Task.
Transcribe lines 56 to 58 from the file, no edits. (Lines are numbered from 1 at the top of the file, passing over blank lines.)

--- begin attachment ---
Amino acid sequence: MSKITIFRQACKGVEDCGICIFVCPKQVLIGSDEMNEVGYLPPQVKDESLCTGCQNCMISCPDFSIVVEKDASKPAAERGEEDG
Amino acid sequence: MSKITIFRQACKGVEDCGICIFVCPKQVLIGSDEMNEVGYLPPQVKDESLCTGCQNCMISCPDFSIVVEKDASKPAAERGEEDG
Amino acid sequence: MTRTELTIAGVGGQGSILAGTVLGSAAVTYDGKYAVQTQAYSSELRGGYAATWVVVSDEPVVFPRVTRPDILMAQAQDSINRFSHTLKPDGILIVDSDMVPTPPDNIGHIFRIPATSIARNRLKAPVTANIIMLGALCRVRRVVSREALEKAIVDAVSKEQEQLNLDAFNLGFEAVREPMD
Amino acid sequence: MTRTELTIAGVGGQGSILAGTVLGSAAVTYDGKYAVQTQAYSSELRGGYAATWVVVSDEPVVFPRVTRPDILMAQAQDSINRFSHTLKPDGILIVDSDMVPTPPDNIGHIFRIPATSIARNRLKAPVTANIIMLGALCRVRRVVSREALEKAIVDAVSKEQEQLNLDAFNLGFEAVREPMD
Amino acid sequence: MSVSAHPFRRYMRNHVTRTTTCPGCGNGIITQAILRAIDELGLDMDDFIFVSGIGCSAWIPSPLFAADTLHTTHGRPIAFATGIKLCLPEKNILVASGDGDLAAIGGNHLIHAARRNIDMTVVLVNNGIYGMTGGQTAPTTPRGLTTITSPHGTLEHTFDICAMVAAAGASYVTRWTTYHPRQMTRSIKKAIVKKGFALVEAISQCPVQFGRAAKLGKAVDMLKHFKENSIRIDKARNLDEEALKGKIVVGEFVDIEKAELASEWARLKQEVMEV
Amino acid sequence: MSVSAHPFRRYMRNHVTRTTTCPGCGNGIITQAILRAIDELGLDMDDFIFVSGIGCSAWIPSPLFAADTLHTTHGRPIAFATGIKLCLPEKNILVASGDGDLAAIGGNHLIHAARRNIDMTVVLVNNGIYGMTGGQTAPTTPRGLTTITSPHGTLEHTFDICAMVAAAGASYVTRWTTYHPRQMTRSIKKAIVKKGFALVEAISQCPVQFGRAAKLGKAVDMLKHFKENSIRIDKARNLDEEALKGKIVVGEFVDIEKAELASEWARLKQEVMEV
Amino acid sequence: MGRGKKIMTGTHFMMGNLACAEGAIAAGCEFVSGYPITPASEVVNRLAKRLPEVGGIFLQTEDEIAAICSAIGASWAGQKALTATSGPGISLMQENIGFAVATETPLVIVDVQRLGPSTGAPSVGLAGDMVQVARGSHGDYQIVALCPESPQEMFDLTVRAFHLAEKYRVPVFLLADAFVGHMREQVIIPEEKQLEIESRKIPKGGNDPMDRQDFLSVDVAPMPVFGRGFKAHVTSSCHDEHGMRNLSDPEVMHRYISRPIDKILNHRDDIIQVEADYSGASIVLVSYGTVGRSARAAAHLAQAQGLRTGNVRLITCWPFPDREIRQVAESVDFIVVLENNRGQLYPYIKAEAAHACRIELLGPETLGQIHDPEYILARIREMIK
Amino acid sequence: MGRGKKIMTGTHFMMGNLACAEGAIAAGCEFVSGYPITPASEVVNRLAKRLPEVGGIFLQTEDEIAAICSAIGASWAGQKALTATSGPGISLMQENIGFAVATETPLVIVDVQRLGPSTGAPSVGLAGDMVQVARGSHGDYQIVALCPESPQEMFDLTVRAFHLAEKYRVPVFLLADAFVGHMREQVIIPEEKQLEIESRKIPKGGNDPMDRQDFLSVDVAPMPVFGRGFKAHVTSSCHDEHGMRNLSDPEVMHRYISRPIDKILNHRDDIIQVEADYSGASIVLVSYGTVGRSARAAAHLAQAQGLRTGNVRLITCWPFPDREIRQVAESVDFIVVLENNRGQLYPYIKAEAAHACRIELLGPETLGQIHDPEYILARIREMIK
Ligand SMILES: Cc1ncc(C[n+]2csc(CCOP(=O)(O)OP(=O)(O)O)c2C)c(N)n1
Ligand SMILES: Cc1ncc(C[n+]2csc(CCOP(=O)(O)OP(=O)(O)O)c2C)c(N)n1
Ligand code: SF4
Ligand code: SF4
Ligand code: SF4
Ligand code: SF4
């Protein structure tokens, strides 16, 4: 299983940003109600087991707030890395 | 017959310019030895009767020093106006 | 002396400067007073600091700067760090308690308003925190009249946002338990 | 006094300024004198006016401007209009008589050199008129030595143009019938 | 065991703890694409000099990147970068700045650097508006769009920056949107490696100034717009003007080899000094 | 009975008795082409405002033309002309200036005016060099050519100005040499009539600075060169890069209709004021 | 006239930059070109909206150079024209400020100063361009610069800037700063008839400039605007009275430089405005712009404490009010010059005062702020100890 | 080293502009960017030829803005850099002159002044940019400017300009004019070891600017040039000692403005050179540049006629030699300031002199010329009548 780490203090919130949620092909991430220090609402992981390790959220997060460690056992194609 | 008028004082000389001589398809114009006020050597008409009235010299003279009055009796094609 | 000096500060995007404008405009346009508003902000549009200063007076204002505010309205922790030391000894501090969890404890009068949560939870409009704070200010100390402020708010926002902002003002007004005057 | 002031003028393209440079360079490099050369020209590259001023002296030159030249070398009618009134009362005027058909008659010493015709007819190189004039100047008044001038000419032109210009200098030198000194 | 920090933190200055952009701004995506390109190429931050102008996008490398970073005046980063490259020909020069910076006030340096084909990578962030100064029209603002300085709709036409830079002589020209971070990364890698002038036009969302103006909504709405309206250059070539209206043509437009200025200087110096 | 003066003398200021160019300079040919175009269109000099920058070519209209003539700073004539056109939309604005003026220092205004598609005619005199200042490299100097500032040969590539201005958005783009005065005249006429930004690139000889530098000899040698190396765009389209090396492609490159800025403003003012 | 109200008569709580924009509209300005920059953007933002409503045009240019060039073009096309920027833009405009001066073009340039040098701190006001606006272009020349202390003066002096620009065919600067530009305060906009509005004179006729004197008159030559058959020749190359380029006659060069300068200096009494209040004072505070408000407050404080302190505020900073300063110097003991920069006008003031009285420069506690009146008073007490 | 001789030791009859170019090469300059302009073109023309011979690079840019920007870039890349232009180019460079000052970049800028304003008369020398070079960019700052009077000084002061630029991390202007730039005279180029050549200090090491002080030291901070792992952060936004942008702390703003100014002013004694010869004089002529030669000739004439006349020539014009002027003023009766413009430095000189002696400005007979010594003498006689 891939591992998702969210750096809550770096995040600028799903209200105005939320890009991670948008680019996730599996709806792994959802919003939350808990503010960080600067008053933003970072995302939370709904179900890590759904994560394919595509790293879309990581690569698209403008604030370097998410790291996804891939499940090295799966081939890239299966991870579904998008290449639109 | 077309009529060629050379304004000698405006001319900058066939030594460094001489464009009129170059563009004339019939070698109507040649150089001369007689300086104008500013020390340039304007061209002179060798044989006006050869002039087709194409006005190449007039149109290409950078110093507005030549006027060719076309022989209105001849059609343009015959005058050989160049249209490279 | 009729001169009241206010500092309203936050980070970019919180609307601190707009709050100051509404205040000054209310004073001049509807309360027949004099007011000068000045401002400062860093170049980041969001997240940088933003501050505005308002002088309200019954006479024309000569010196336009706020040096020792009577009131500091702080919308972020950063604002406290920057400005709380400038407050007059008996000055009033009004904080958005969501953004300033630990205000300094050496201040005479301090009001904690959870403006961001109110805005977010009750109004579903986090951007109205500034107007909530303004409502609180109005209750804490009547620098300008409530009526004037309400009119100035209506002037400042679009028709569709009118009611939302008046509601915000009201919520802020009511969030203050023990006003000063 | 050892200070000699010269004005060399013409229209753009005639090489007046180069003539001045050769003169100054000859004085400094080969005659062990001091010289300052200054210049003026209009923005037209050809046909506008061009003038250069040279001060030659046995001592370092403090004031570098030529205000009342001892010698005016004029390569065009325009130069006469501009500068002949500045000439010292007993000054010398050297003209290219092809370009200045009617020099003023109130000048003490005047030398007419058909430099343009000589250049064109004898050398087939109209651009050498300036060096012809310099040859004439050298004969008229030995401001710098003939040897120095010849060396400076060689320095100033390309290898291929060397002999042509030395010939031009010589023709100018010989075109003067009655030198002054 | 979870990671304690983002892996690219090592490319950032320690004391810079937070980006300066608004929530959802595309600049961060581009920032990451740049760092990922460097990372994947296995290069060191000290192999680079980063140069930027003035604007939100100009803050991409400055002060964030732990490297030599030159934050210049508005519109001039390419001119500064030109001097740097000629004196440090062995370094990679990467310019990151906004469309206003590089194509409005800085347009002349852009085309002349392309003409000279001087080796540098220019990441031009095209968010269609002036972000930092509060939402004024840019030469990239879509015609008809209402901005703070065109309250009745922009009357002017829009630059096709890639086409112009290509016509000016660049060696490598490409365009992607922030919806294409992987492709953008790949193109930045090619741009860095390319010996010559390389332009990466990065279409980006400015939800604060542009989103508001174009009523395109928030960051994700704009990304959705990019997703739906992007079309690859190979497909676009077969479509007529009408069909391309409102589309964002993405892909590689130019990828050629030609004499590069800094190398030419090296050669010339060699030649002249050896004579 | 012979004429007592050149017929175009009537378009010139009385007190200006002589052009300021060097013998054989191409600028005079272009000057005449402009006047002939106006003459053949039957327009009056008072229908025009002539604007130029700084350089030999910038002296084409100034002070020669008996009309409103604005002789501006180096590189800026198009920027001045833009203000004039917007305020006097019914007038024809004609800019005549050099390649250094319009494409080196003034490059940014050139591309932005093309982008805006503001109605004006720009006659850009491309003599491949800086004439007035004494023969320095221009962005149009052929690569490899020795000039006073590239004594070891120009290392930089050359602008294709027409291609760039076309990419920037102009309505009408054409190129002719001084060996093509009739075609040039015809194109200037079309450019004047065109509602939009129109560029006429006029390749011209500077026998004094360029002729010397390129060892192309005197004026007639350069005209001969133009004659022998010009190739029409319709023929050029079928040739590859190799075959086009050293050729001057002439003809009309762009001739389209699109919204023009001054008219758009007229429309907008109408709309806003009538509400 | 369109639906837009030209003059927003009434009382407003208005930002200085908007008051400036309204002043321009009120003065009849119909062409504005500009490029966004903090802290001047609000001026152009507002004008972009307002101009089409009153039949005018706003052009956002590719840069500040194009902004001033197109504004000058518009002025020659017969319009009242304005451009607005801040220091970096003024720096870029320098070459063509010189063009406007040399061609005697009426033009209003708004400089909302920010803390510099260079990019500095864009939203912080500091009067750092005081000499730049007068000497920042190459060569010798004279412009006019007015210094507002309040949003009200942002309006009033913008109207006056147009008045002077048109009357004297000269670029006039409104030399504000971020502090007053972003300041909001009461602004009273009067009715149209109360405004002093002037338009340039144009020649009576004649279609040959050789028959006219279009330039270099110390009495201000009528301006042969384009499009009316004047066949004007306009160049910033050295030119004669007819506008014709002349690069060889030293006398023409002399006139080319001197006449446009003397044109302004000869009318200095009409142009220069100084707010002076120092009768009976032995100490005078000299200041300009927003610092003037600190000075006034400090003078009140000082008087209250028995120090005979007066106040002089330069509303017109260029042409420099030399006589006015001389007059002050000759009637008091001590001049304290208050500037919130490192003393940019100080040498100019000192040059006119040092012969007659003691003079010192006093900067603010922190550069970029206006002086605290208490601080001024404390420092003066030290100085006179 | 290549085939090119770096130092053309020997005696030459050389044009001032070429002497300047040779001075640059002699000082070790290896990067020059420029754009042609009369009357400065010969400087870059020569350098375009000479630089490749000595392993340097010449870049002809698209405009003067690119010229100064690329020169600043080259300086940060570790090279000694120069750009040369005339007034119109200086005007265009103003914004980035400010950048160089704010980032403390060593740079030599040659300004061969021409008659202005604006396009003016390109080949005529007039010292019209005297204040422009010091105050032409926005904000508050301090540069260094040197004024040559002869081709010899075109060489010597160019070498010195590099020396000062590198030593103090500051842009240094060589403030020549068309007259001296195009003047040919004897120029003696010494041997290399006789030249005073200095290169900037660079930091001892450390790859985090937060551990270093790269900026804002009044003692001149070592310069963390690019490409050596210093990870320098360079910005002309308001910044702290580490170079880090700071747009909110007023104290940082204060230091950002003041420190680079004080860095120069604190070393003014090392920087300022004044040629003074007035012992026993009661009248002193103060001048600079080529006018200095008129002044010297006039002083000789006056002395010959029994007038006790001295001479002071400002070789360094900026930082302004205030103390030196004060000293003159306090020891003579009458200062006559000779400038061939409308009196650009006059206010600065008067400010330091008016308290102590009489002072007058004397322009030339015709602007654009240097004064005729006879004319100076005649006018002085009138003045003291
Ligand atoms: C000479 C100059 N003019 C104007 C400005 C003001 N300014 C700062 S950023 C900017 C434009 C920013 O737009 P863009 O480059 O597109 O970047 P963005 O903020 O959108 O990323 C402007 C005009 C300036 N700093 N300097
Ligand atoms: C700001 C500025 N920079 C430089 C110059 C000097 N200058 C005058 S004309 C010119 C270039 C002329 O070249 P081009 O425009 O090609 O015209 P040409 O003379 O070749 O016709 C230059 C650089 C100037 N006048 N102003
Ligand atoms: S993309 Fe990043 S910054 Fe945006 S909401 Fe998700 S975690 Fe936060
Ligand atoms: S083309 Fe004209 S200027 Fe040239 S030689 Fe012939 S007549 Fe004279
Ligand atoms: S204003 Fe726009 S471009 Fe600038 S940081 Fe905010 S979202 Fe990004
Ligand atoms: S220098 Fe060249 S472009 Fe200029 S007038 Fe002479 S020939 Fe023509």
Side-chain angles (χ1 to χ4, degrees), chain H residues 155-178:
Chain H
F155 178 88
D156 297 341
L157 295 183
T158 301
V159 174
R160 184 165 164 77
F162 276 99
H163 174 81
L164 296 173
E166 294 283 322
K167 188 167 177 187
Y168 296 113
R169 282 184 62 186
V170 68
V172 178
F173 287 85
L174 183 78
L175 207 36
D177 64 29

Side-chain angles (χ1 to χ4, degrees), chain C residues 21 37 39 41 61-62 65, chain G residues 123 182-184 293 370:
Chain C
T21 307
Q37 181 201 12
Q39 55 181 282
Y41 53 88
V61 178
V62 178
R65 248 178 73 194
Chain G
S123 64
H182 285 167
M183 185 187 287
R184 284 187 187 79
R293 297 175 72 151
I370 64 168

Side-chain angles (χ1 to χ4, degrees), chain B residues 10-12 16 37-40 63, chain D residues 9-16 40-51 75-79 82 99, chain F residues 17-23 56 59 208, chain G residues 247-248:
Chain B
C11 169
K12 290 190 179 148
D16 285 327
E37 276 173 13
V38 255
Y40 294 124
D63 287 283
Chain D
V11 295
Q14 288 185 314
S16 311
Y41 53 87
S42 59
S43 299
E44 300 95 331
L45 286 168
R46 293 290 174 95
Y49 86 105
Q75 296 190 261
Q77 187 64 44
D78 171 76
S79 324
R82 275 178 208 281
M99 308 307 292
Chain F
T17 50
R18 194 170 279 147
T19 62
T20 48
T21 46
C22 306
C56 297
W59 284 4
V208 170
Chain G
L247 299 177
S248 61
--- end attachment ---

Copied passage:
R184 284 187 187 79
R293 297 175 72 151
I370 64 168